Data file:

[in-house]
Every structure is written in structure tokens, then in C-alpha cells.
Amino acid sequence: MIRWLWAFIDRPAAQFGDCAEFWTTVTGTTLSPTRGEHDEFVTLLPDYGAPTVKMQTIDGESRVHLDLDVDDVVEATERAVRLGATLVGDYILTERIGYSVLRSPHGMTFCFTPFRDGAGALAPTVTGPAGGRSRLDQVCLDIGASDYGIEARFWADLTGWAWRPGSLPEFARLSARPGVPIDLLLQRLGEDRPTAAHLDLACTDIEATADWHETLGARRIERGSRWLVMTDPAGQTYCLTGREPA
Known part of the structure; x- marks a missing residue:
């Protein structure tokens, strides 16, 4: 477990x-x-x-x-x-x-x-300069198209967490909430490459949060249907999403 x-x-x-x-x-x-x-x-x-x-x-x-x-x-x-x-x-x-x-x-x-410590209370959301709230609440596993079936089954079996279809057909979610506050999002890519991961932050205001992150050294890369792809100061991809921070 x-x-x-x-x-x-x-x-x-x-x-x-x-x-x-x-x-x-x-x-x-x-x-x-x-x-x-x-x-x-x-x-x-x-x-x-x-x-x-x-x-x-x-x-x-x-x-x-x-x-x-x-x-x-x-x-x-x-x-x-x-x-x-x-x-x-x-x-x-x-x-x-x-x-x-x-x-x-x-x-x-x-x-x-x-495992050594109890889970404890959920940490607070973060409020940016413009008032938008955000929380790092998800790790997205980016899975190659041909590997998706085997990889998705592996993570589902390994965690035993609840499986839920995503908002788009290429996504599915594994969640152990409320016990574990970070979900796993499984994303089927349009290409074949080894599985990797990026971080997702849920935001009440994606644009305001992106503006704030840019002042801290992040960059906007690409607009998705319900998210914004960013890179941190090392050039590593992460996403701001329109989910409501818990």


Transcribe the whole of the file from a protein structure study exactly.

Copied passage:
[in-house]
Every structure is written in structure tokens, then in C-alpha cells.
Amino acid sequence: MIRWLWAFIDRPAAQFGDCAEFWTTVTGTTLSPTRGEHDEFVTLLPDYGAPTVKMQTIDGESRVHLDLDVDDVVEATERAVRLGATLVGDYILTERIGYSVLRSPHGMTFCFTPFRDGAGALAPTVTGPAGGRSRLDQVCLDIGASDYGIEARFWADLTGWAWRPGSLPEFARLSARPGVPIDLLLQRLGEDRPTAAHLDLACTDIEATADWHETLGARRIERGSRWLVMTDPAGQTYCLTGREPA
Known part of the structure; x- marks a missing residue:
């Protein structure tokens, strides 16, 4: 477990x-x-x-x-x-x-x-300069198209967490909430490459949060249907999403 x-x-x-x-x-x-x-x-x-x-x-x-x-x-x-x-x-x-x-x-x-410590209370959301709230609440596993079936089954079996279809057909979610506050999002890519991961932050205001992150050294890369792809100061991809921070 x-x-x-x-x-x-x-x-x-x-x-x-x-x-x-x-x-x-x-x-x-x-x-x-x-x-x-x-x-x-x-x-x-x-x-x-x-x-x-x-x-x-x-x-x-x-x-x-x-x-x-x-x-x-x-x-x-x-x-x-x-x-x-x-x-x-x-x-x-x-x-x-x-x-x-x-x-x-x-x-x-x-x-x-x-495992050594109890889970404890959920940490607070973060409020940016413009008032938008955000929380790092998800790790997205980016899975190659041909590997998706085997990889998705592996993570589902390994965690035993609840499986839920995503908002788009290429996504599915594994969640152990409320016990574990970070979900796993499984994303089927349009290409074949080894599985990797990026971080997702849920935001009440994606644009305001992106503006704030840019002042801290992040960059906007690409607009998705319900998210914004960013890179941190090392050039590593992460996403701001329109989910409501818990």